Nearly 16 years to the day since parting ways with ESPN, Dan Patrick can reflect on the move and be proud of his decision to break free of the Worldwide Leader.
Last month, Patrick casually and surprisingly announced his four-year retirement tour. The announcement stemmed from the fact that he signed a four-year contract extension with iHeart and Fox Sports Radio, which Patrick has already decided will be the final radio deal of his career.
Patrick was recently profiled by Derek Futterman of Barrett Sports Media. During the interview, the Fox Sports Radio host reflected on his career and time at ESPN. According to Patrick, it wasn’t until he left ESPN that he was able to hone his skills as a radio host.
“I don’t think I knew how to be a radio host at ESPN because I was still representing ESPN,” Patrick said. “I wanted to make sure that I was being professional, and therefore not taking chances, [and] I kind of was going through the motions of radio making sure I didn’t upset anybody.”
“I was the ultimate ESPN employee,” Patrick added. “I was what corporate wanted, and I didn’t want to color outside the lines. I just wanted to do the right thing, and then I realized I wasn’t having fun after about 14 years. I kind of hit a glass ceiling and I thought, ‘Well, this isn’t my personality.’ But I was almost playing somebody on radio or playing somebody on TV.”
Patrick spent 18 years with ESPN, making a name for himself as a SportsCenter anchor and national radio host. In recent years, both of those ESPN brands have taken a hit. SportsCenter is no longer must-see TV, partially because the immediacy of social media has made highlight shows obsolete. ESPN Radio, meanwhile, is on life support after rounds of layoffs and a lack of star power morphed the once respected brand into a revolving door of hosts and shows.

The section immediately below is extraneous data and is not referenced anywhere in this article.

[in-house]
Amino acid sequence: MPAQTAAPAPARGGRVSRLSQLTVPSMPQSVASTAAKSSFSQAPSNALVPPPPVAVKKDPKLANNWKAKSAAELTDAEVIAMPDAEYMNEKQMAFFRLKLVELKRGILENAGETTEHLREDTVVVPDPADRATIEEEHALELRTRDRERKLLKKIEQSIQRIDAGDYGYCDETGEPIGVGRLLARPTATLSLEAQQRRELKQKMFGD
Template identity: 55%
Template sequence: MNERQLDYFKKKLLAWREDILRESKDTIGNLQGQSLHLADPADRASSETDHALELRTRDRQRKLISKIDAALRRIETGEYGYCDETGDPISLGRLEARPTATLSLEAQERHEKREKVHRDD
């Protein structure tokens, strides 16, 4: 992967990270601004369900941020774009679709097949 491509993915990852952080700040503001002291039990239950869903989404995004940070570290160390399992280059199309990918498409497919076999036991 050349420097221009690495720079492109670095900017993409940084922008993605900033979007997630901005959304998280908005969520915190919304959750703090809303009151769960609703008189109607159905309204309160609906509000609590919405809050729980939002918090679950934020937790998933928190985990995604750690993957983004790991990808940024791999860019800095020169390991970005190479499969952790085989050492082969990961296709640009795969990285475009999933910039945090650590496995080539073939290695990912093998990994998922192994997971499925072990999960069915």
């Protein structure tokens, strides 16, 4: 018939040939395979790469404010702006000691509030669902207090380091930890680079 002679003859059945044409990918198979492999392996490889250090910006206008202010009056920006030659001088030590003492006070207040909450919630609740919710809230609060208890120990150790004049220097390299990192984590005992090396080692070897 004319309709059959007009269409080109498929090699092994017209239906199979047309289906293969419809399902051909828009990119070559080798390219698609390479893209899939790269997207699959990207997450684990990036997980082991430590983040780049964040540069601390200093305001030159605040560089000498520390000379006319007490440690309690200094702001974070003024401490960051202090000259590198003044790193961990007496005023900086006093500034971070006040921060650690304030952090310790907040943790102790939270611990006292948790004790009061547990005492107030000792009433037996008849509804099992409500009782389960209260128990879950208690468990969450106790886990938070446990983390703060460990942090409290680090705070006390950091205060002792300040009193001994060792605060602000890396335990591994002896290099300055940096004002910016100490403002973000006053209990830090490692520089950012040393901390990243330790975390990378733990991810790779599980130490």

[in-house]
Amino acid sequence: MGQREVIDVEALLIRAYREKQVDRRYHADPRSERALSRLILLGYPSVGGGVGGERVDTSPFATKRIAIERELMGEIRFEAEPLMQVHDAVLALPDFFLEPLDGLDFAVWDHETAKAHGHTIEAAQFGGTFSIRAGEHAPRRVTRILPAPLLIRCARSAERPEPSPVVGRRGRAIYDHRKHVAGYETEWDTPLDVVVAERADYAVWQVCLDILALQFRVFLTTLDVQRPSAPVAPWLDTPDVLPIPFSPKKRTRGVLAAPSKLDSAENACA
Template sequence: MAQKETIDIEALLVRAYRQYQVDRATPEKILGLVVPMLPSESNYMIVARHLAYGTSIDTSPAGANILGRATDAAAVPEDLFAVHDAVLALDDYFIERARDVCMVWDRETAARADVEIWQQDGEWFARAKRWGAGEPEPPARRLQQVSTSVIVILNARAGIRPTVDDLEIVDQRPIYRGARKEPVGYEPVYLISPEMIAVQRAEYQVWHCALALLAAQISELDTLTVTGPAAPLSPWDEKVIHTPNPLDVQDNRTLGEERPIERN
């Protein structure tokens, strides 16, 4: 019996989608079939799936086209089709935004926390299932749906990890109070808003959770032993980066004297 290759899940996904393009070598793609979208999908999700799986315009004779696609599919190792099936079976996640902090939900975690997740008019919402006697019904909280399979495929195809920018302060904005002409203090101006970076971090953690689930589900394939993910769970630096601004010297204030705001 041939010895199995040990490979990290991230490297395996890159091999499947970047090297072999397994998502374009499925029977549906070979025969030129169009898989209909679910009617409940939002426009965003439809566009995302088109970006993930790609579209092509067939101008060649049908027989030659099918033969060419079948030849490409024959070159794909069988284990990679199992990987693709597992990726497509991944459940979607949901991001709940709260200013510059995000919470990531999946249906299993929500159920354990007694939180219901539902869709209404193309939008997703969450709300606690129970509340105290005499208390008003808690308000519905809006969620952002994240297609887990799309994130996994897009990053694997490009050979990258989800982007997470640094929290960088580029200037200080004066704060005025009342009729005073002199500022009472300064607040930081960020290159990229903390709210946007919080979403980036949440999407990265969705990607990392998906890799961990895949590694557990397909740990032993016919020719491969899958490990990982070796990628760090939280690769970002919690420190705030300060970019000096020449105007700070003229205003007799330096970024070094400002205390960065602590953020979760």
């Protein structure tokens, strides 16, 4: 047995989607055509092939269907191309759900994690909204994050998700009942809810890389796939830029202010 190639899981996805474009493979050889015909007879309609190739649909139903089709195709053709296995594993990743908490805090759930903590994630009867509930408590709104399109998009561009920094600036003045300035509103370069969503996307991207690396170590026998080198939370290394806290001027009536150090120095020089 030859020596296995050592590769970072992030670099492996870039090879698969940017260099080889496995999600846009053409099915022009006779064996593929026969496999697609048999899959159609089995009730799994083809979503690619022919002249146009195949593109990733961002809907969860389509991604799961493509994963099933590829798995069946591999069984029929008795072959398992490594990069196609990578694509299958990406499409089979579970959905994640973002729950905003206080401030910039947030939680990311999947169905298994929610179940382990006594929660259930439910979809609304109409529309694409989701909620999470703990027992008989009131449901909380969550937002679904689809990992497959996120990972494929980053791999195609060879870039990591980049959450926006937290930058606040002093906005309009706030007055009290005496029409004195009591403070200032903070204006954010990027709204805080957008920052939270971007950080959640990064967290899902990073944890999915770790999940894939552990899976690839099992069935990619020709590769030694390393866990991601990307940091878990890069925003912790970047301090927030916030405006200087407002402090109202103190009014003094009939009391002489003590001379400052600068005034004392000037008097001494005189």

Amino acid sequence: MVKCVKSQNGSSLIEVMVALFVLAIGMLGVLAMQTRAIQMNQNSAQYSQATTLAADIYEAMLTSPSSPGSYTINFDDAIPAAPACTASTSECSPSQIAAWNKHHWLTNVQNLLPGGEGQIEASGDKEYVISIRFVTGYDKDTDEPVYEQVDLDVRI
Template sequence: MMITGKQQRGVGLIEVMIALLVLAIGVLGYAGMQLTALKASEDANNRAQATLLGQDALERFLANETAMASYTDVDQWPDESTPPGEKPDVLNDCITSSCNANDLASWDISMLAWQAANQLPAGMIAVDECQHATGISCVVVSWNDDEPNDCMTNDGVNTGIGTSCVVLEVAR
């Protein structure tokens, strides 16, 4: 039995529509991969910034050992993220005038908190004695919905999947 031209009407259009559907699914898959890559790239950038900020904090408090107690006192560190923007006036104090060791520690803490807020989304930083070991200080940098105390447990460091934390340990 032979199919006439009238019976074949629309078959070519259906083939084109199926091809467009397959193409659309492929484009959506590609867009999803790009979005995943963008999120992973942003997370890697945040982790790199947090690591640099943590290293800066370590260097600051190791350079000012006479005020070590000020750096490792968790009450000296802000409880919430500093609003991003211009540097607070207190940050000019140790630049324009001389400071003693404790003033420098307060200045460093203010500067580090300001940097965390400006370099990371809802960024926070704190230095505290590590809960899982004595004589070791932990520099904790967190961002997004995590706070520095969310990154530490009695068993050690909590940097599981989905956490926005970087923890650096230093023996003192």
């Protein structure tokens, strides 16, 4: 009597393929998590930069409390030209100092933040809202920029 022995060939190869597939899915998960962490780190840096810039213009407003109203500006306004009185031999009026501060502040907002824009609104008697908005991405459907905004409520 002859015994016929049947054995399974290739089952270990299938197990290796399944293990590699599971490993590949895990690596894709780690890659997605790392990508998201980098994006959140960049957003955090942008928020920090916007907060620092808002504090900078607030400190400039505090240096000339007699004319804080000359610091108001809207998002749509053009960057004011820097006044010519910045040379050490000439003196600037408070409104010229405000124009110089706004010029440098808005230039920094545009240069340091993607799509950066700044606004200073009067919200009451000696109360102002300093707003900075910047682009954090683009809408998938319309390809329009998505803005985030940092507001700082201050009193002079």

But maybe Patrick’s claim that he was masking his own personality in favor of what corporate wanted is part of the current problem at ESPN Radio. While the brand was highly successful when Patrick was in their lineup along with Colin Cowherd, Mike Greenberg and Mike Golic, ESPN Radio has since struggled to develop or invest in talent that can let their personalities shine.
Patrick also told BSM that he views Howard Stern as the blueprint for a successful radio show. And if you listen to his Fox Sports Radio show, that assessment rings true in the way Patrick veers from his show sheet and gives an open mic to the Danettes.
But the Stern blueprint is hard to pull off when you’re afraid of taking chances or coloring outside the lines. Instead, it leads to talent being what corporate wants, attempting to please the masses by force-feeding sports to its affiliates rather than trying to build a community of listeners.